As consumers look for ways to reduce their sugar intake, stevia has been propelled into the limelight – allowing food and beverage manufacturers to increase the scope for sugar reduction in products.
The number of beverage launches using stevia has risen in recent years: but key to long term success will be ensuring widespread acceptance of stevia’s natural credentials.
Top priorities for health conscious consumers: natural and low calorie
There has been a steady increase in the number of global food and beverages launches using stevia: rising from just 280 in 2009 to 2,400 in 2015, according to the International Stevia Council.
Geographically, Europe has led the way followed by the US. In Germany between July 2014 and June 2016, 16% of hot drinks launched in Germany contained stevia, while in juice figures this figure was 14%, in confectionery 14%, and 11% in chocolate products.
Beverages have taken a lead in using stevia: with carbonated soft drinks accounting for 8% of launches using stevia, hot beverages accounting for 4%, juice drinks 11%, RTDs 10%, and other beverages 14% (Statista, 2015).
Stevia based sweeteners use purified extracts - steviol glycosides - from the leaves of the stevia plant.
The key is that these calorie-free extracts – some 200 times sweeter than sugar - can be used as a natural sweetener, helping tick the boxes for a number of today’s health conscious consumers. (However, the extracts still typically require blending with other sweeteners or sugar to ensure the taste of products is not affected).
Having been used as a sweetener for many years in Asia and South America, steviol glycosides were approved by the EU in 2010 and are accepted as GRAS (Generally Recognised As Safe) by the FDA in the US.
“Stevia has gathered momentum, it’s gaining approvals and being used in an ever increasing range of products,” observes Richard Hall, chairman, Zenith Global. “It’s becoming the first preference in sweetener exploration.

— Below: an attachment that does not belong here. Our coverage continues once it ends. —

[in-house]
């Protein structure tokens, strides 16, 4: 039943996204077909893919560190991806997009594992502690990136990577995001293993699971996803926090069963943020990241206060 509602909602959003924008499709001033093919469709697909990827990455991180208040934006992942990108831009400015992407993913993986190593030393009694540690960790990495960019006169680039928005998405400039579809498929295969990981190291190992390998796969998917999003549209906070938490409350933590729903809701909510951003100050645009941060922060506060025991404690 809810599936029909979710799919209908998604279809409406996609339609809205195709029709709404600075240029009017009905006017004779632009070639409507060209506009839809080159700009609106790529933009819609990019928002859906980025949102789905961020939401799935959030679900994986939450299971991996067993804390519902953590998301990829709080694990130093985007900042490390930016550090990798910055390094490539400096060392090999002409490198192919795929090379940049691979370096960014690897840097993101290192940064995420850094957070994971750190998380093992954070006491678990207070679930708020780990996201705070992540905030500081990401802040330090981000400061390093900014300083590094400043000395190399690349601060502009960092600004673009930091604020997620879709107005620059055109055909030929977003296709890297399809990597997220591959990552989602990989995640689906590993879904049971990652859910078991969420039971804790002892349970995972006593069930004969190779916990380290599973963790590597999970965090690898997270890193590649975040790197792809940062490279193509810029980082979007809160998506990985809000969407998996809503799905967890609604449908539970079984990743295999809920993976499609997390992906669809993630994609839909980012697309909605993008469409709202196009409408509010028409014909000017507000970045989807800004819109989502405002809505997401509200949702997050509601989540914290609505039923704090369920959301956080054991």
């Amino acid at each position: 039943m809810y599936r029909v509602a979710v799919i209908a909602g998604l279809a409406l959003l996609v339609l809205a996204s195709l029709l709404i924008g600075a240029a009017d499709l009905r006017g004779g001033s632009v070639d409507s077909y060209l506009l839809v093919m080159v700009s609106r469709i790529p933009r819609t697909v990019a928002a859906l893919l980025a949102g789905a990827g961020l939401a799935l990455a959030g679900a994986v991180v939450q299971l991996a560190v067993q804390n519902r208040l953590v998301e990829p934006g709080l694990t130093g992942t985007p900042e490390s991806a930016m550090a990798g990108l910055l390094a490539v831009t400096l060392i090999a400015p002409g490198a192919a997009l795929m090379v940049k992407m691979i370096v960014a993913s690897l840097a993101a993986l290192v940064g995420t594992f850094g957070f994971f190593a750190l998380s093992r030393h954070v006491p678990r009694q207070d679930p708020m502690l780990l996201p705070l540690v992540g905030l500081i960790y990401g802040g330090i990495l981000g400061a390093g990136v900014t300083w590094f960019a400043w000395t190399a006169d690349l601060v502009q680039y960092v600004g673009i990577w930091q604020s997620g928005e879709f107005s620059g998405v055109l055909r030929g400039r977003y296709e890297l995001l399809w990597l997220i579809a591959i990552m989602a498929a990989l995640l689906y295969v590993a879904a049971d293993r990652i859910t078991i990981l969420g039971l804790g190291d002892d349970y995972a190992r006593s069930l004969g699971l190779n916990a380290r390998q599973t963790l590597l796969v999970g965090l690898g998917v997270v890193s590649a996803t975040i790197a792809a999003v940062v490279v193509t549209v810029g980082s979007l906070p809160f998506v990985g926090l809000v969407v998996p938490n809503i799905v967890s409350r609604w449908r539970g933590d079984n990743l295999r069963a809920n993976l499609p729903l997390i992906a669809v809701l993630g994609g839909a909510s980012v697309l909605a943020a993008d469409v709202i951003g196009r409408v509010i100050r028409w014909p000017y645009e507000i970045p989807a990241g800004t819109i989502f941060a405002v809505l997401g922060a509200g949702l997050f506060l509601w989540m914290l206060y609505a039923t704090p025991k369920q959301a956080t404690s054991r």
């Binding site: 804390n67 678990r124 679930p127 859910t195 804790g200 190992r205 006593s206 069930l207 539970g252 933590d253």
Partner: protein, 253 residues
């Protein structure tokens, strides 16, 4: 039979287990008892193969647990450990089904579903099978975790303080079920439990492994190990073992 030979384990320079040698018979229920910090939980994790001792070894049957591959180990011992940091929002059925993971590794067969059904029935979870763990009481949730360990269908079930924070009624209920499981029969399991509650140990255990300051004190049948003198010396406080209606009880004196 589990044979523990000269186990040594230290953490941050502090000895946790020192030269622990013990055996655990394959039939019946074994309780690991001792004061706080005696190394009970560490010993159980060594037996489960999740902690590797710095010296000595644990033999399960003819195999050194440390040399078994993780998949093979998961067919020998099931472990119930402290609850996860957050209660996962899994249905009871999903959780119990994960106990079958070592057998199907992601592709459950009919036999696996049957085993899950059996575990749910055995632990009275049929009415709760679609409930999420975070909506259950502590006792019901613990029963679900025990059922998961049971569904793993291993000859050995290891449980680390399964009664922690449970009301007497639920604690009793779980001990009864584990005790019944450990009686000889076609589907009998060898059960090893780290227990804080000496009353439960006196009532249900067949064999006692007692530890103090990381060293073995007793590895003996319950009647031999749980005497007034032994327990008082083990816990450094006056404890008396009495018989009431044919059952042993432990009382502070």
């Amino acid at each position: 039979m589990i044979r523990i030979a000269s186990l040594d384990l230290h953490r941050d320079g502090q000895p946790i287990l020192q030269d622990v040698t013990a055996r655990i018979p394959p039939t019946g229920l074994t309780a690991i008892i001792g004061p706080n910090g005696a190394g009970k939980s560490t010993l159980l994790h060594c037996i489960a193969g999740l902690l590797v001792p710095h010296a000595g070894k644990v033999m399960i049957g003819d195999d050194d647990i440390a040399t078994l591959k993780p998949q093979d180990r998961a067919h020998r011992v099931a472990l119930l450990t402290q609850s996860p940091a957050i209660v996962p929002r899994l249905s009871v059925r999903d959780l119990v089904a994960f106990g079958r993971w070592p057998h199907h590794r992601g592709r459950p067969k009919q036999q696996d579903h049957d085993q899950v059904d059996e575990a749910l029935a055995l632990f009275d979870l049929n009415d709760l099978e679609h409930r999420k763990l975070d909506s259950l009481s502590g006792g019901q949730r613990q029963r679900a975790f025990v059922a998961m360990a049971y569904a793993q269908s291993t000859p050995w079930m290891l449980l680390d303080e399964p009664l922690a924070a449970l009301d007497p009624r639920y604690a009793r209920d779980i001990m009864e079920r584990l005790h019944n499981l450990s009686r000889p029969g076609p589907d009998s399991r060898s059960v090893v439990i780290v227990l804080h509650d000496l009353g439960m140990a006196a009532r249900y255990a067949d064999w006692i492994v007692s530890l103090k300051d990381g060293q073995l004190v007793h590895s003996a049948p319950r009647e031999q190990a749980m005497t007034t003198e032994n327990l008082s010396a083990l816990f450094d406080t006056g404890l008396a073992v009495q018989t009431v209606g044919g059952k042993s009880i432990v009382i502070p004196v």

“What consumers are looking for is the perfect combination of being all natural, no calories, and an equal taste. Stevia certainly goes a very long way, the key questions are whether it will be able to maintain or develop its taste profile and natural perception.”
This natural perception is challenged as stevia requires processing from its pure form to be used in food and beverages. Producers are looking to new production techniques to reduce cultivation costs and increase volumes – but consumers may question how ‘natural’ that leaves the sweetener.
Coca-Cola Life: sweetened with cane sugar and stevia leaf extract, with 60 calories per 8 oz bottle in the US (35% fewer calories than standard colas).
Pepsi True: sweetened with sugar and purified stevia leaf extract, containing 30% less sugar than regular Pepsi.
Liteez: Lampados International’s 3D stevia sweetener for hot drinks: a ‘meringue kiss’ that can be stirred into tea or coffee as a sugar replacement or eaten as a sweet treat in itself.
And ultimately it is consumers’ perception of stevia that will determine how well it is accepted, says Hall.
“If people make the connection with nature, they will be happy to buy as natural,” said Hall. “It’s a question of presentation and acceptance.”
Producers are working hard to clearly position stevia as natural and convey this message - for example, by connecting the sweetener clearly to the stevia plant and plantations.
Alternatives to stevia
Stevia is a frontrunner in sweetener innovation: but there are other developments in the sweetener market – while sugar remains an option because it is clearly recognized by consumers as ‘natural’.
“Stevia does seem to be the leading contender, but there are others from monkfruit and DouxMatok [which is developing sugars with enhanced sweetness] and Nestle’s sugar reduction efforts in confectionery [the company has filed a patent for structuring sugar differently to reduce sugar content by up to 40%], and we can’t rule out sugar itself,” said Hall.
“Sugar has the attributes of being perceived as very natural and having the best taste profile, but of course it contains calories.”
The number of cultivation regions for stevia is growing, presenting manufacturers with a greater range of products and availability. Africa is becoming increasingly important, while new cultivation regions are emerging in South America, Asia Pacific and Europe. The market’s reliance on extracts originating from China is diminishing while India is increasing its share.
Zenith's Global Stevia Market Report 2016 predicts the price of stevia will decline in the future as a result of the abundance of farmers who are harvesting stevia leaves, taking advantage of the crop’s less demanding conditions relative to other crops.